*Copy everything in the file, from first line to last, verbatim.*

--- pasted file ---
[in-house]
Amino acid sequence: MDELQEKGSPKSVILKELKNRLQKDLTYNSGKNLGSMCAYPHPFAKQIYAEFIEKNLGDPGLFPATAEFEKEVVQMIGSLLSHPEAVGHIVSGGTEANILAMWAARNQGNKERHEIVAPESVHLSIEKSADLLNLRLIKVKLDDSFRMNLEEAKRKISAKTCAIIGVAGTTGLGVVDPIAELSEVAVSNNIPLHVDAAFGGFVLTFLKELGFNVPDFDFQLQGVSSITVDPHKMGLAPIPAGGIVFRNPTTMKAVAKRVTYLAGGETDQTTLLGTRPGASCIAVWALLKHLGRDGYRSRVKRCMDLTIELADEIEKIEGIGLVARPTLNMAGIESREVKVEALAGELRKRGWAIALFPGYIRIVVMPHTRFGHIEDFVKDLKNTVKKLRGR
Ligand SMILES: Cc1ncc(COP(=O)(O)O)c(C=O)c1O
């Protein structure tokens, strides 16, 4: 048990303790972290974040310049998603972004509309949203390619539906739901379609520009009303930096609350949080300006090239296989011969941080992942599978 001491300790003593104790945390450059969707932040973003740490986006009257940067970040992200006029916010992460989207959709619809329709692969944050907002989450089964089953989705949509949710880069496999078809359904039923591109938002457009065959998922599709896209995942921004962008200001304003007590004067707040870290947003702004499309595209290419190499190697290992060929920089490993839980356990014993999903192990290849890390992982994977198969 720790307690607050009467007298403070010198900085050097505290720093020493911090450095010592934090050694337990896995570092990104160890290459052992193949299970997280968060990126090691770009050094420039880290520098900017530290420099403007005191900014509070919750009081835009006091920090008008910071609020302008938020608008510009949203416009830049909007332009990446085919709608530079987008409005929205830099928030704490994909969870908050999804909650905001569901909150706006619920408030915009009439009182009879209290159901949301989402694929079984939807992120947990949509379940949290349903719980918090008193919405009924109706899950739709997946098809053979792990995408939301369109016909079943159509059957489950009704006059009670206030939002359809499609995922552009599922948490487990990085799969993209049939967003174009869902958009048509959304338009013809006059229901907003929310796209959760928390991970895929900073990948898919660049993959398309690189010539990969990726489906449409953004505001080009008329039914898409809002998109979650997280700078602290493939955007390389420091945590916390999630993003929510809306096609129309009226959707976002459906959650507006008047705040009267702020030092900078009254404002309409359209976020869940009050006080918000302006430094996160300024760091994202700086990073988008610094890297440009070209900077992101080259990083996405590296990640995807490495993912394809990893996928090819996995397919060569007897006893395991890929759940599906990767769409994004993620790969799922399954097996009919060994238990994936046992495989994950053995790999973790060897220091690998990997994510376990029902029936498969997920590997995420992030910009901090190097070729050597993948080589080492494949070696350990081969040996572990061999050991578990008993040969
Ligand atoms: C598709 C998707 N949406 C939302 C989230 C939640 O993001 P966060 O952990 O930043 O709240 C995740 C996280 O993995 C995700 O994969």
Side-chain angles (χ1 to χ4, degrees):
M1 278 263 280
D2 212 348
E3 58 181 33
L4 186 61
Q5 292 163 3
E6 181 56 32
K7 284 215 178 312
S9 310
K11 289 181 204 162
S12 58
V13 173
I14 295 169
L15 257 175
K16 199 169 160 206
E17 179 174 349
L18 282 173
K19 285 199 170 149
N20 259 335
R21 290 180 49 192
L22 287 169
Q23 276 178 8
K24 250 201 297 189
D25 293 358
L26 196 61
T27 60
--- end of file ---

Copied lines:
[in-house]
Amino acid sequence: MDELQEKGSPKSVILKELKNRLQKDLTYNSGKNLGSMCAYPHPFAKQIYAEFIEKNLGDPGLFPATAEFEKEVVQMIGSLLSHPEAVGHIVSGGTEANILAMWAARNQGNKERHEIVAPESVHLSIEKSADLLNLRLIKVKLDDSFRMNLEEAKRKISAKTCAIIGVAGTTGLGVVDPIAELSEVAVSNNIPLHVDAAFGGFVLTFLKELGFNVPDFDFQLQGVSSITVDPHKMGLAPIPAGGIVFRNPTTMKAVAKRVTYLAGGETDQTTLLGTRPGASCIAVWALLKHLGRDGYRSRVKRCMDLTIELADEIEKIEGIGLVARPTLNMAGIESREVKVEALAGELRKRGWAIALFPGYIRIVVMPHTRFGHIEDFVKDLKNTVKKLRGR
Ligand SMILES: Cc1ncc(COP(=O)(O)O)c(C=O)c1O
């Protein structure tokens, strides 16, 4: 048990303790972290974040310049998603972004509309949203390619539906739901379609520009009303930096609350949080300006090239296989011969941080992942599978 001491300790003593104790945390450059969707932040973003740490986006009257940067970040992200006029916010992460989207959709619809329709692969944050907002989450089964089953989705949509949710880069496999078809359904039923591109938002457009065959998922599709896209995942921004962008200001304003007590004067707040870290947003702004499309595209290419190499190697290992060929920089490993839980356990014993999903192990290849890390992982994977198969 720790307690607050009467007298403070010198900085050097505290720093020493911090450095010592934090050694337990896995570092990104160890290459052992193949299970997280968060990126090691770009050094420039880290520098900017530290420099403007005191900014509070919750009081835009006091920090008008910071609020302008938020608008510009949203416009830049909007332009990446085919709608530079987008409005929205830099928030704490994909969870908050999804909650905001569901909150706006619920408030915009009439009182009879209290159901949301989402694929079984939807992120947990949509379940949290349903719980918090008193919405009924109706899950739709997946098809053979792990995408939301369109016909079943159509059957489950009704006059009670206030939002359809499609995922552009599922948490487990990085799969993209049939967003174009869902958009048509959304338009013809006059229901907003929310796209959760928390991970895929900073990948898919660049993959398309690189010539990969990726489906449409953004505001080009008329039914898409809002998109979650997280700078602290493939955007390389420091945590916390999630993003929510809306096609129309009226959707976002459906959650507006008047705040009267702020030092900078009254404002309409359209976020869940009050006080918000302006430094996160300024760091994202700086990073988008610094890297440009070209900077992101080259990083996405590296990640995807490495993912394809990893996928090819996995397919060569007897006893395991890929759940599906990767769409994004993620790969799922399954097996009919060994238990994936046992495989994950053995790999973790060897220091690998990997994510376990029902029936498969997920590997995420992030910009901090190097070729050597993948080589080492494949070696350990081969040996572990061999050991578990008993040969
Ligand atoms: C598709 C998707 N949406 C939302 C989230 C939640 O993001 P966060 O952990 O930043 O709240 C995740 C996280 O993995 C995700 O994969």
Side-chain angles (χ1 to χ4, degrees):
M1 278 263 280
D2 212 348
E3 58 181 33
L4 186 61
Q5 292 163 3
E6 181 56 32
K7 284 215 178 312
S9 310
K11 289 181 204 162
S12 58
V13 173
I14 295 169
L15 257 175
K16 199 169 160 206
E17 179 174 349
L18 282 173
K19 285 199 170 149
N20 259 335
R21 290 180 49 192
L22 287 169
Q23 276 178 8
K24 250 201 297 189
D25 293 358
L26 196 61
T27 60